Are you transgender people, female to male, or male to female? This is a difficult question, which transgender people struggle to understand priors to transitioning. The reason for the struggle is a lack of clear information available, and sometimes denial on the part of the person who is transgender. There is a possibility that you are struggling with accepting you are transgender because you have repressed your gender identity for so long, and you can no longer deny it. There are two specific qualities which transgender people have.
People who are transgender have sometimes called dysphoria. Dysphoria is defined as a state of feel confusing. It varies from mild to extreme and typically centers around certain parts of the body commonly associated with being female. This dysphoria is associated with secondary sex characteristics such as having breasts, a more curvaceous figure, with a narrow waist and wider hips, a round face with soft features, and your current genitals. Do these qualities in your body cause you pain, discomfort, or feel wrong to you? Remember it can be mild to extreme. Then dysphoria can arise when people are perceived as female when they do not feel female. There are signs oof this pain or dysphoria. It can be manifested with anxiety, or depression, and a managed in actions which provide a temporary sense of numbing, like alcohol or drug use, or cutting, and can even lead to thoughts of suicide or even attempts. People who are transgender use these coping mechanisms and are not aware in the moment that this behavior is connected to they’re dysphoria. It is only later that it make sense to them that they were struggling with how their body was, and how they were being perceived by others, and that these were actually major contributors to their coping mechanism.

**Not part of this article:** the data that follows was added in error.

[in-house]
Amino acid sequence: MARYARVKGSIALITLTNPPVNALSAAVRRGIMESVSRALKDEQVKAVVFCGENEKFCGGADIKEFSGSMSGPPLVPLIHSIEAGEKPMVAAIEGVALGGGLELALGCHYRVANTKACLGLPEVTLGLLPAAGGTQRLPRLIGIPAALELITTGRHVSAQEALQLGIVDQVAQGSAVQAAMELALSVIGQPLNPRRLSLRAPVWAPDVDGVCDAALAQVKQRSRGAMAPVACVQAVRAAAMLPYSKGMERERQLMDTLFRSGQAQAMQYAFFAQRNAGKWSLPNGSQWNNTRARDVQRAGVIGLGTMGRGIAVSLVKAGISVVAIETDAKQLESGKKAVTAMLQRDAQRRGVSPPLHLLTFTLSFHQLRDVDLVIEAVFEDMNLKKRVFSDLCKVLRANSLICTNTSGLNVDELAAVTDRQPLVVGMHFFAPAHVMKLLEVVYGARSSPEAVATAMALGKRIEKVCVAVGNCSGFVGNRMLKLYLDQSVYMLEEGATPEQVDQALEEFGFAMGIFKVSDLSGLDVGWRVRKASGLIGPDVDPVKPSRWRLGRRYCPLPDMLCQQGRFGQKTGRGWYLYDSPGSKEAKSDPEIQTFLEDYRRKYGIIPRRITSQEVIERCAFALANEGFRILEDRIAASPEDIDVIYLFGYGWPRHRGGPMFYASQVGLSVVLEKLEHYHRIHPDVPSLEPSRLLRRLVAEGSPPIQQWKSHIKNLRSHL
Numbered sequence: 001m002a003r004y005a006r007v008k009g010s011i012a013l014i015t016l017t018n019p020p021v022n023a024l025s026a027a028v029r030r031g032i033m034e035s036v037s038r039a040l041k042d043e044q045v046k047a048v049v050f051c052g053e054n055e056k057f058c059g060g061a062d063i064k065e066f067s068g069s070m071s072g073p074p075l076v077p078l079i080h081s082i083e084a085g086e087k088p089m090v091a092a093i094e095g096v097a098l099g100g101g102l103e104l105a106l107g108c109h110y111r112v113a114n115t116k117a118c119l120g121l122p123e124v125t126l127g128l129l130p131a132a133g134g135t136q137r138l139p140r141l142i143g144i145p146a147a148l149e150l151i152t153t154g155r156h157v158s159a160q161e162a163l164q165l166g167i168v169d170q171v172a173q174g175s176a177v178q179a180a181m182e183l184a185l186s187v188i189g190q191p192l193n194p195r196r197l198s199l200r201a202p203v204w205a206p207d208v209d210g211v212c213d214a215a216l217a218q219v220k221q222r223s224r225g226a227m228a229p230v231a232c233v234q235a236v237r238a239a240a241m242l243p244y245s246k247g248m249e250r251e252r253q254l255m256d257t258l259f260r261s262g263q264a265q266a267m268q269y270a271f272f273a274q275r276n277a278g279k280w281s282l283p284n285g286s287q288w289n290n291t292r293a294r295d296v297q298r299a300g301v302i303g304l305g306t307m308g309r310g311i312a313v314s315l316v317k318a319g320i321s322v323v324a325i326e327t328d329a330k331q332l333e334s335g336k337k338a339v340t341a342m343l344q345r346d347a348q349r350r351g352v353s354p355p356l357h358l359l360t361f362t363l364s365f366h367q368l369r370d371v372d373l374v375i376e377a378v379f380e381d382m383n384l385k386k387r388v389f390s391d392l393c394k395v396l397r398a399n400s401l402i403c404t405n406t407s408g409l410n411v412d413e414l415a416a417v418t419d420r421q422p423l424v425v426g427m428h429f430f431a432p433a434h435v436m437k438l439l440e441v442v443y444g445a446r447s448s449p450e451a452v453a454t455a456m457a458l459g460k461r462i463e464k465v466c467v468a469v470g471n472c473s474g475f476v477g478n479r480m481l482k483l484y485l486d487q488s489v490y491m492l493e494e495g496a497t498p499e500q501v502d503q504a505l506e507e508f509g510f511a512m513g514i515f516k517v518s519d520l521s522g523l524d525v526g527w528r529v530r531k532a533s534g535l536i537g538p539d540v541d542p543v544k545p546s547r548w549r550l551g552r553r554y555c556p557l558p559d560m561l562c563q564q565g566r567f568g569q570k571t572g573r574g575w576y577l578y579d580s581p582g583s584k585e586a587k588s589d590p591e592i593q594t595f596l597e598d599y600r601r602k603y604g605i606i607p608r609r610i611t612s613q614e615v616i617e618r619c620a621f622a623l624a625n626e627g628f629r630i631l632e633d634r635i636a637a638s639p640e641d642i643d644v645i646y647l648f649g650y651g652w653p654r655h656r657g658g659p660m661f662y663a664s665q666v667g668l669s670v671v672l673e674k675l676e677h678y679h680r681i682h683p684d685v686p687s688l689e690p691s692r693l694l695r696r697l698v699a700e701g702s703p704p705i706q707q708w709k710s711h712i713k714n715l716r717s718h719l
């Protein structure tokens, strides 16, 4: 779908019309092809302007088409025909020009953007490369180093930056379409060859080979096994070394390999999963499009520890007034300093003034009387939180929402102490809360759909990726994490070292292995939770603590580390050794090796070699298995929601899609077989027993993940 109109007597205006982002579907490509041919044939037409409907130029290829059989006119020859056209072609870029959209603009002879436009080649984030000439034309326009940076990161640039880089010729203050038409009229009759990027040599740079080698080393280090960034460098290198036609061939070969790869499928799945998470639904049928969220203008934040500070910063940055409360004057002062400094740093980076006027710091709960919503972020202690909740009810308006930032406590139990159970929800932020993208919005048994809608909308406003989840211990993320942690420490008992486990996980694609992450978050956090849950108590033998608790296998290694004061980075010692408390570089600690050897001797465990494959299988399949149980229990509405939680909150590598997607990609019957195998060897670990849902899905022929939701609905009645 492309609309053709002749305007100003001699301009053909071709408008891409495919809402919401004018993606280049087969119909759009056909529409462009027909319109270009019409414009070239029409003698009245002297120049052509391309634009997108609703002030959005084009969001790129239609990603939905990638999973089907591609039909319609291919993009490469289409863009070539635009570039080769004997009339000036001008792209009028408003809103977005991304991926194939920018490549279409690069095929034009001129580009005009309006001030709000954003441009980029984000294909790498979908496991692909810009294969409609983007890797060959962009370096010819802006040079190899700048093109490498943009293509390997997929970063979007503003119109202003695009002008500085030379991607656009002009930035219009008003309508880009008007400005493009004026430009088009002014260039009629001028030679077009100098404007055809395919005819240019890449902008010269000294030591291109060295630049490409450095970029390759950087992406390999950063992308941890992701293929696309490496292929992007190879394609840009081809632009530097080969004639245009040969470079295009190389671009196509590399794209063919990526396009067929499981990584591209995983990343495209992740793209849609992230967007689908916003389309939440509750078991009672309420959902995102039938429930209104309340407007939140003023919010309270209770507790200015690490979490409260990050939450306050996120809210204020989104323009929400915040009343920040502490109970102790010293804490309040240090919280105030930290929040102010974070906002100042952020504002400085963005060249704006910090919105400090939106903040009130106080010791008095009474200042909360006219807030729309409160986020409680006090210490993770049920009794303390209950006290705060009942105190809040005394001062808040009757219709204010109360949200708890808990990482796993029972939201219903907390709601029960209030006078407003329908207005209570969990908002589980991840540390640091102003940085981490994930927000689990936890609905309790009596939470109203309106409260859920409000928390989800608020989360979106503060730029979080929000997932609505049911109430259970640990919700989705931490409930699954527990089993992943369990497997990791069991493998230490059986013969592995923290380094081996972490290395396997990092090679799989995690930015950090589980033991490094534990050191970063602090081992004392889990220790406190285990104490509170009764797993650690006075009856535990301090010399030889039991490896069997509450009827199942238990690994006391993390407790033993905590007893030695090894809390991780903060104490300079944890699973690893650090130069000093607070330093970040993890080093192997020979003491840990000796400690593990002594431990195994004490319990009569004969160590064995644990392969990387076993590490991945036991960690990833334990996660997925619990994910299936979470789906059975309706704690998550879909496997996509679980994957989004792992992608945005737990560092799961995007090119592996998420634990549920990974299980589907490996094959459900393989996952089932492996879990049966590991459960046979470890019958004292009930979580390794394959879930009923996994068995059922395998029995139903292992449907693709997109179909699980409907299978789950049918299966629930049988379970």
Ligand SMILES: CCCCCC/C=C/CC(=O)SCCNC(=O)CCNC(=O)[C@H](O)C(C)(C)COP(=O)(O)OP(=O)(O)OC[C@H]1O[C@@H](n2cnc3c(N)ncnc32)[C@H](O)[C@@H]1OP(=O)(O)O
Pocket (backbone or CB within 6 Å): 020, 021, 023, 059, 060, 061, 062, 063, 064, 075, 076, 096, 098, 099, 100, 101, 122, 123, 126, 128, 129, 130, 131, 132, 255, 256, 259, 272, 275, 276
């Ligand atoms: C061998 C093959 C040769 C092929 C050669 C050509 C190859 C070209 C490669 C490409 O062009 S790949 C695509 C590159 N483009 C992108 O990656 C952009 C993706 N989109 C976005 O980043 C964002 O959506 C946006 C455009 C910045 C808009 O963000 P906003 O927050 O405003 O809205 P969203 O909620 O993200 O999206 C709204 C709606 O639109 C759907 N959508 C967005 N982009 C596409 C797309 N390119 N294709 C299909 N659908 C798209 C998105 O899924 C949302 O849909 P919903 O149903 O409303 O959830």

While there are people who have depression, or anxiety, and people who struggle with cutting, and addictions, and these people are not transgender. The difference is for the person who is shemale, these things tend to decrease after transitioning when the dysphoria decreases. Having this severe response to dysphoria is not a requirement to be transgender. Not everyone who is transgender identifies with intense dysphoria. Others feel poorly about their body and their gender, but it will not be nearly as evident. people like this come to understand that they are transgender people by recognizing that they feel better if their body was different, if they were not perceived as female.
An example to illustrate dysphoria that I frequently see in trans men, is their efforts to hide their chest. They will wear a binder, or sports bra, and hunch their shoulders forward and then pull their shirt away from their body, especially whenthey sit. All of these behaviors create the appearance of a flat chest, and that appearance makes them more comfortable. This is a sign of dysphoria.
To determine if you have dysphoria, I want to ask you a few questions. How do you feel about your body as it is? Does it feel uncomfortable, painful, or just not right? Imagine you could never change it. What feeling arise from this thought? That thought may actually intensify dysphoria.